Results indicated that the number of additional deaths at temperatures above the threshold could increase by over tenfold if New Yorkers do not become acclimatized to the warming. The elderly will constitute an increasing proportion of these deaths. However, if full acclimatization occurs, the number of additional deaths above the threshold temperature could be no different than today. No similar relationships were discovered for the winter, and the data suggest that any changes in winter weather will have minimal impact on New York's mortality rates. A preliminary precipitation/mortality study was undertaken, and summer days following a precipitation event had significantly lower mortality rates than summer days without precipitation. In the winter these results were reversed, and days with rain (but no snow) had significantly higher mortality rates than nonprecipitation days.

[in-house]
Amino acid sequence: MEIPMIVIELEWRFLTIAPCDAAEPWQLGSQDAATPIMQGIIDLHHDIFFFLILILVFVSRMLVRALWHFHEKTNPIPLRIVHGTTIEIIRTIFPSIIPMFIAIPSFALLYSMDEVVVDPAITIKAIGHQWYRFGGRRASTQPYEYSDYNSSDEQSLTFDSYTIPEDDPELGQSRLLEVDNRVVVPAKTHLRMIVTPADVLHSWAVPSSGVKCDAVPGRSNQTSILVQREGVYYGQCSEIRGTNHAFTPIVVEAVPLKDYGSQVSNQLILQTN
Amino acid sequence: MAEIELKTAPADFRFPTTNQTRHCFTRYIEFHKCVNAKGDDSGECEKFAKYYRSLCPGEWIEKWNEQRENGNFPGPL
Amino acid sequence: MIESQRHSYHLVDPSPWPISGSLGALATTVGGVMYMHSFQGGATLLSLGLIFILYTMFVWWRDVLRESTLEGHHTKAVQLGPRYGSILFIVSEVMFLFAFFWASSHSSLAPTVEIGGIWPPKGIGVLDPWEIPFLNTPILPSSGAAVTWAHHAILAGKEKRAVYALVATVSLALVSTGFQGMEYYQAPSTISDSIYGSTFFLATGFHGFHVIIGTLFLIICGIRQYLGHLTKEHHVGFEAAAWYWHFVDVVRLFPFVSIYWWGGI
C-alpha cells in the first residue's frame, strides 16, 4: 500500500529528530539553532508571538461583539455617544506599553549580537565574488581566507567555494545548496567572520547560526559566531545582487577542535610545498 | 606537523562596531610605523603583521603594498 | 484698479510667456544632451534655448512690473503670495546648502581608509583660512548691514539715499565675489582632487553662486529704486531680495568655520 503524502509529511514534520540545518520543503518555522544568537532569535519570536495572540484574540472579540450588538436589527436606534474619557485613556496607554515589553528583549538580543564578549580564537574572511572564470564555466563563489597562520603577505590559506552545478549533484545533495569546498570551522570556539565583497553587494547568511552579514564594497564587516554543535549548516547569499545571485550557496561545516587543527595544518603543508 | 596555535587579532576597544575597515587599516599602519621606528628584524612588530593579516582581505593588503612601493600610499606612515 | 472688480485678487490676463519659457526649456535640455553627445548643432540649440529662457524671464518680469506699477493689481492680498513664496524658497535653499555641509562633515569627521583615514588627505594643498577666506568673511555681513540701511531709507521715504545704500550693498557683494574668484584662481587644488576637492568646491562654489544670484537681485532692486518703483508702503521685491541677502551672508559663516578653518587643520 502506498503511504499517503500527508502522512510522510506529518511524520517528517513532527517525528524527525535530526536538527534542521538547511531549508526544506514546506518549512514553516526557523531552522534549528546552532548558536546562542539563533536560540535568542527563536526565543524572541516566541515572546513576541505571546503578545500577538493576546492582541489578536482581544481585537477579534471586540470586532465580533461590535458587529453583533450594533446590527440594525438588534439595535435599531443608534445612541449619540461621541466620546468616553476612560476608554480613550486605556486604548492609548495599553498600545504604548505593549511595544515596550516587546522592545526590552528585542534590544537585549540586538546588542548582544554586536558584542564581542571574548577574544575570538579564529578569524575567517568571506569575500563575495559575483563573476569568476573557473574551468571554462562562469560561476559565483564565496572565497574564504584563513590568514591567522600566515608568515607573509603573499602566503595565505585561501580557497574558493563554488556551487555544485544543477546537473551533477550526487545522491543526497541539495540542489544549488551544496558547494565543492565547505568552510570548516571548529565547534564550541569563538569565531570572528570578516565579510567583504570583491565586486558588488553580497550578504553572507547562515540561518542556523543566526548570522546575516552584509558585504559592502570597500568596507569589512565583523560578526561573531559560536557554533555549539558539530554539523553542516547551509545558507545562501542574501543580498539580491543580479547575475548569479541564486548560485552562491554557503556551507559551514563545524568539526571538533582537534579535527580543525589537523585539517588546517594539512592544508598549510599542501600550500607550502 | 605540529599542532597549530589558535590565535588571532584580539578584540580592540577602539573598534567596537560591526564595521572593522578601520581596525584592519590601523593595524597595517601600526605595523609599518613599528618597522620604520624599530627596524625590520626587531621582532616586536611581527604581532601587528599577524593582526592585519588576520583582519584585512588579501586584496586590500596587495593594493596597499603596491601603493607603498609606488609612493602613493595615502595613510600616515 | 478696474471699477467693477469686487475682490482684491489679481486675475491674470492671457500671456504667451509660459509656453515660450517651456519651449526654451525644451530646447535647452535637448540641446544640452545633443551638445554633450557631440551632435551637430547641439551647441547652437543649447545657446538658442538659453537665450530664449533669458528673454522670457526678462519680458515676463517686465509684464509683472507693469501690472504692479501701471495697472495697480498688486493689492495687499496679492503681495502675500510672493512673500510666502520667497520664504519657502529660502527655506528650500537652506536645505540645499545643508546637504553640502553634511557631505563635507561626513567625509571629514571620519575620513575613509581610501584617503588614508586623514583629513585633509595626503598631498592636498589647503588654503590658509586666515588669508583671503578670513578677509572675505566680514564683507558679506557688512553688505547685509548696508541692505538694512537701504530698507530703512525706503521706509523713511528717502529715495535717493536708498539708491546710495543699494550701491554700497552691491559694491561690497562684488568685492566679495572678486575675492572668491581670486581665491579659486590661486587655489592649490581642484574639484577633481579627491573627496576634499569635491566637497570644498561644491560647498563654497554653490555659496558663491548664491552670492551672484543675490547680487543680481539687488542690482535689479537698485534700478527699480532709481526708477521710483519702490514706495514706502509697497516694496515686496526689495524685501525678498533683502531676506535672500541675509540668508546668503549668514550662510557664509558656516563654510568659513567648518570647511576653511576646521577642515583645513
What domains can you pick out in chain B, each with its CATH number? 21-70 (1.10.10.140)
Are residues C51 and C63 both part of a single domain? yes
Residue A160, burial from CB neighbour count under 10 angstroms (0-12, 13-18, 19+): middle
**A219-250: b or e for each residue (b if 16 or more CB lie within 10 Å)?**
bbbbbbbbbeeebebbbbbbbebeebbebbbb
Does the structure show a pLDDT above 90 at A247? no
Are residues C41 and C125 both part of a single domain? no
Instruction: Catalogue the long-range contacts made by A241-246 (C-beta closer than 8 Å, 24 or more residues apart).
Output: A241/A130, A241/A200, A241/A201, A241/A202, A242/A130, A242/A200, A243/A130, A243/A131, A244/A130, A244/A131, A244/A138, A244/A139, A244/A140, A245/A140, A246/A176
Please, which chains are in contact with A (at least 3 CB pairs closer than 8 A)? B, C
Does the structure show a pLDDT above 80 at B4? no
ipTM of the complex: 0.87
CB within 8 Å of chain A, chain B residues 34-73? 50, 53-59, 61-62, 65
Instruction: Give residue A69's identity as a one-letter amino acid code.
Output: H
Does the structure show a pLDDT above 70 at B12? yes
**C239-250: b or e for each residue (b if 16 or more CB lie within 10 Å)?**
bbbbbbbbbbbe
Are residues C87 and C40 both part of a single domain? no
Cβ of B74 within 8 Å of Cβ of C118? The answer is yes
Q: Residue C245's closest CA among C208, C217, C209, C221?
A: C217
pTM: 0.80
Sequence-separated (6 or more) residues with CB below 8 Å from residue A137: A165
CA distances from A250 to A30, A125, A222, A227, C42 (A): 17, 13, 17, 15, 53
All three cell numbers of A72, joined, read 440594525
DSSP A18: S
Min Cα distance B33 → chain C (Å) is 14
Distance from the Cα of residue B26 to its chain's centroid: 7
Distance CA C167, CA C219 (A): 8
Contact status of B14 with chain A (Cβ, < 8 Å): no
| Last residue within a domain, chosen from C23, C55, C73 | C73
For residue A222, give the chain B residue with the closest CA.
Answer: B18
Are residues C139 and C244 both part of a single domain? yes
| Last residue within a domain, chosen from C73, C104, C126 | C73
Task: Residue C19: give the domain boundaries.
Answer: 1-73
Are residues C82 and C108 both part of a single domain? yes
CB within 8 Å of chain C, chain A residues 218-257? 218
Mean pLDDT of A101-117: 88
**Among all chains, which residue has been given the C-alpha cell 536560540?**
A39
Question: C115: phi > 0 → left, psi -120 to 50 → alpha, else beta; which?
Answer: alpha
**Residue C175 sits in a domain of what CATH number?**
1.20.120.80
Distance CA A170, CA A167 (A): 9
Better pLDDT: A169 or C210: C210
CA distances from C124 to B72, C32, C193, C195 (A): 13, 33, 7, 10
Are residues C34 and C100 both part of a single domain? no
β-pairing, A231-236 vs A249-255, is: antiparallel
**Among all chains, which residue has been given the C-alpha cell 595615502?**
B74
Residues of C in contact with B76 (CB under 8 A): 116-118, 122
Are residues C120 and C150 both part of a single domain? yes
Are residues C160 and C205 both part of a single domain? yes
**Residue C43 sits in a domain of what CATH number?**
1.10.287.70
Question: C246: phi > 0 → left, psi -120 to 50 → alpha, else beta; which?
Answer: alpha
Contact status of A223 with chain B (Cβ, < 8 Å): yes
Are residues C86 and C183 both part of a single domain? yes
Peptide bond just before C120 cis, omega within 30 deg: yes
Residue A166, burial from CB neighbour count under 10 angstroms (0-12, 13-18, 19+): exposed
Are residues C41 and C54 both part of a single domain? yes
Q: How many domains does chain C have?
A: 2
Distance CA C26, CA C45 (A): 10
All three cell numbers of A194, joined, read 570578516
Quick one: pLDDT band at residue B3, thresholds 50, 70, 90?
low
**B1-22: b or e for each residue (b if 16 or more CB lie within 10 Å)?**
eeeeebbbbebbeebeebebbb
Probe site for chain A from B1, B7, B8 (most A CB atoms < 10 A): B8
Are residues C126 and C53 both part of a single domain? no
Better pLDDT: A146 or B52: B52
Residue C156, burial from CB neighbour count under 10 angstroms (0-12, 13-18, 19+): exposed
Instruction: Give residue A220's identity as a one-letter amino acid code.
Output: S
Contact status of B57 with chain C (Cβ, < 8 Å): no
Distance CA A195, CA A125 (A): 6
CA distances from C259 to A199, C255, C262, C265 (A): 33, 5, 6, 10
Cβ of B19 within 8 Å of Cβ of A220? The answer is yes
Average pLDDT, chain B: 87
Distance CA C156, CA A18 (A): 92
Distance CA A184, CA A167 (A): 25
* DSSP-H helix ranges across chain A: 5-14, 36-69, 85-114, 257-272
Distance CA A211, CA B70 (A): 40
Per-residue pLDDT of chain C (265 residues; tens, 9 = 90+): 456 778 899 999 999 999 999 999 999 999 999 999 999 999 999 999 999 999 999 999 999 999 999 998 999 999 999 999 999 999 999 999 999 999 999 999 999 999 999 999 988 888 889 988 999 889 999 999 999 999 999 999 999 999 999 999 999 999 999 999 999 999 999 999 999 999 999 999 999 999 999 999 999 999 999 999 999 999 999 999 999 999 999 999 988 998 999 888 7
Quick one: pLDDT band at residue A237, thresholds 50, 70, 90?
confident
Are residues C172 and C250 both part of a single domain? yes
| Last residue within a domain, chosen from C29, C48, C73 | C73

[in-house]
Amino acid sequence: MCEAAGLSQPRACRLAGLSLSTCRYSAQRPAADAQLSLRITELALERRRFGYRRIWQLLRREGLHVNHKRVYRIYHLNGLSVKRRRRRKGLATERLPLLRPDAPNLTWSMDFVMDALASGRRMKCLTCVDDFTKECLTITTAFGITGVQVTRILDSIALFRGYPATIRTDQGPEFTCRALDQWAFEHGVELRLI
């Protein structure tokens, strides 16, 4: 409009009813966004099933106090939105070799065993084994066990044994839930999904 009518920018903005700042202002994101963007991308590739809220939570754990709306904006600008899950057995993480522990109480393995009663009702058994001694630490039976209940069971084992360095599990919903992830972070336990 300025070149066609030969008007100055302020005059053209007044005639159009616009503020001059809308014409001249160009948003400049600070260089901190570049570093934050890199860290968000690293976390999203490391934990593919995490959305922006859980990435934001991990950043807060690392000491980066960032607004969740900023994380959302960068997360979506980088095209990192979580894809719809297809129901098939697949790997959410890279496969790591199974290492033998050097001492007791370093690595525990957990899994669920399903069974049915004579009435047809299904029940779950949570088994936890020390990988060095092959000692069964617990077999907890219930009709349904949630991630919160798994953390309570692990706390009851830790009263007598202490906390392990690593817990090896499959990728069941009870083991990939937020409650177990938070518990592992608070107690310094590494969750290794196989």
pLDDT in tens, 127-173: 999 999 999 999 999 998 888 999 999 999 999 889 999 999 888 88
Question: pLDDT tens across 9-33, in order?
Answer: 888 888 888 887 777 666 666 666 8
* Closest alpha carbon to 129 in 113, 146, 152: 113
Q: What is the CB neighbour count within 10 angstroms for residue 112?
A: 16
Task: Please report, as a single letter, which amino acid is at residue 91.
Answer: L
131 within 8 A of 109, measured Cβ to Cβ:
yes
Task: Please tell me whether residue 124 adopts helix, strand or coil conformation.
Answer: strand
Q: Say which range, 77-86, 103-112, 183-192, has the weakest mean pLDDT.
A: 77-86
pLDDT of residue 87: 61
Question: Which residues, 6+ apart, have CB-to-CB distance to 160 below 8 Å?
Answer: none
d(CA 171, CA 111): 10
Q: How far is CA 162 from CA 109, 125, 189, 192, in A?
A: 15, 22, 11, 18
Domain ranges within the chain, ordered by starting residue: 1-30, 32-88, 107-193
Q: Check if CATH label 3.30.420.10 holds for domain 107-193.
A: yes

A procedure has been developed recently to evaluate the impact of longterm climatic warming on inter-regional variations in human mortality. Fifteen cities around the country are presently being evaluated, possible future climatic scenarios are being developed for each, and estimates of possible weather-related changes in mortality are being calculated.

The objective of this report is to describe our procedure and to apply it to one of our fifteen cities, i.e., New York City, New York. The impact of present-day weather on New York's present mortality rates is discussed, and estimates are presented describing the potential impact of climatic warming on New York's future mortality.